How I Do It: Epidural Electrical Stimulation (Tsui Test) for Thoracic Epidural Catheter Confirmation
Cite as: Kwofie K., Tsui B. How I do it: epidural electrical stimulation (tsui test) for thoracic epidural catheter confirmation. ASRA News. 2021;46. https://doi.org/10.52211/asra050121.029.
Thoracic epidural catheter placement has long been viewed as the gold standard for postoperative analgesia following thoracic and abdominal surgeries. Unfortunately, the failure rate for thoracic epidural catheters can be as high as 30%.1,2 Placement failure can be due to a variety of factors. Technical failure may be caused by the inability to locate an interlaminar space. In addition, subcutaneous catheter placement following a “false loss” also may be a cause of analgesic
failure. A further etiology of epidural failure includes a catheter being cited at an inappropriate level and resulting inadequate analgesia or leg weakness.
A variety of techniques have been used to increase the success of thoracic epidural catheter placement (Table 1).3 These include:
- Real-time fluoroscopy
- Test dose of local anesthetic
- Epidural waveform analysis
- Epidural electrical stimulation test (Tsui test).
Table 1. Common Techniques for Thoracic Epidural Catheter Confirmation.
|Improves Access to Epidural Space
|Confirms Catheter In Epidural Space
|Confirms Catheter Level
|· Image Intensifier
· Lead Gowns
· Shielded Location
|Test Dose of Local Anesthetic
|Epidural Waveform Analysis
|· Sterile Arterial Line Set
|Only In Young Children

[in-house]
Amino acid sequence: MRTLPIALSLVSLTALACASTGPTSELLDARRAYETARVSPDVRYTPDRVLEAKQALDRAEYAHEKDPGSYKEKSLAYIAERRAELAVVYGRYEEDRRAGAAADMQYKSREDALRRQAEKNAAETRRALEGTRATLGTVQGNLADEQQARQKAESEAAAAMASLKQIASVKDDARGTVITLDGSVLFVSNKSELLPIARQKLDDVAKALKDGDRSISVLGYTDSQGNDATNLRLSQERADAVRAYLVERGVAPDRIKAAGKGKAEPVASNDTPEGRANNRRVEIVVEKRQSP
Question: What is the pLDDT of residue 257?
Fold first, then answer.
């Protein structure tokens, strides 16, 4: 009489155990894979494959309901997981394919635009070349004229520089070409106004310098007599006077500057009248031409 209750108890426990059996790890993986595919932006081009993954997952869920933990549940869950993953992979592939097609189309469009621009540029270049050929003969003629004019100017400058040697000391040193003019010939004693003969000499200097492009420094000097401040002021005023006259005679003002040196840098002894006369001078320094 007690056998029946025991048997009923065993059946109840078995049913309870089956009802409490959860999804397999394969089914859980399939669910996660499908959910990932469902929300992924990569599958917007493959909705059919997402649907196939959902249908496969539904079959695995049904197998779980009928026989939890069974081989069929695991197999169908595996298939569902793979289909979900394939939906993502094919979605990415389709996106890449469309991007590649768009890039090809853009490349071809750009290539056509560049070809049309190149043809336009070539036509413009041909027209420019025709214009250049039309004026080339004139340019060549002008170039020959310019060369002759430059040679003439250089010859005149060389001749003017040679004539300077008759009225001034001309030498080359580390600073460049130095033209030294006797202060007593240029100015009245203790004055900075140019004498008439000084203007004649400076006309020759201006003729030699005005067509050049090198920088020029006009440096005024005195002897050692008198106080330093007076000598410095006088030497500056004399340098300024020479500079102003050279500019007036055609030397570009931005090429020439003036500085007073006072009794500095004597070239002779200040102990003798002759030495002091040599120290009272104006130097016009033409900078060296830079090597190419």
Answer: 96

|Epidural Electrical Stimulation Test (Tsui test).
|· Johan Adapter
· Nerve Stimulator
Each of these approaches has its own merits and drawbacks.
Fluoroscopy with a contrast epidurogram offers the gold standard for technical guidance in locating the interlaminar space, confirmation of injectate/catheter in the epidural space, and identification of the vertebral level of the catheter tip. Unfortunately,
the required equipment is bulky, expensive, not widely available, and practically challenging (eg, non-shielded block rooms), and interventional fluoroscopy training is not universal in anesthesia residency. Therefore, despite being widely adopted
in an interventional/chronic pain management setting, fluoroscopy is not a common practice in acute pain management settings for thoracic epidural placement or catheter confirmation. Though simple and cost-effective, a test dose comprised of local
anesthetic and epinephrine can be time consuming, subjective, influenced by a patient’s current medication regimen, and occasionally associated with hemodynamic perturbations. Epidural wave form analysis allows for an objective assessment of
catheter placement in the epidural space; however, it requires significant equipment preparation and material waste. The latter two techniques do not offer information on the vertebral level of the catheter.
The epidural electrical stimulation test was first described more than 20 years ago.4 During the test, an electrical current is conducted through a column of saline and a standard wire reinforced catheter.5 This test has a sensitivity
and specificity of 80-100% to 91.6-100%, respective of confirming epidural placement within the epidural space.4,6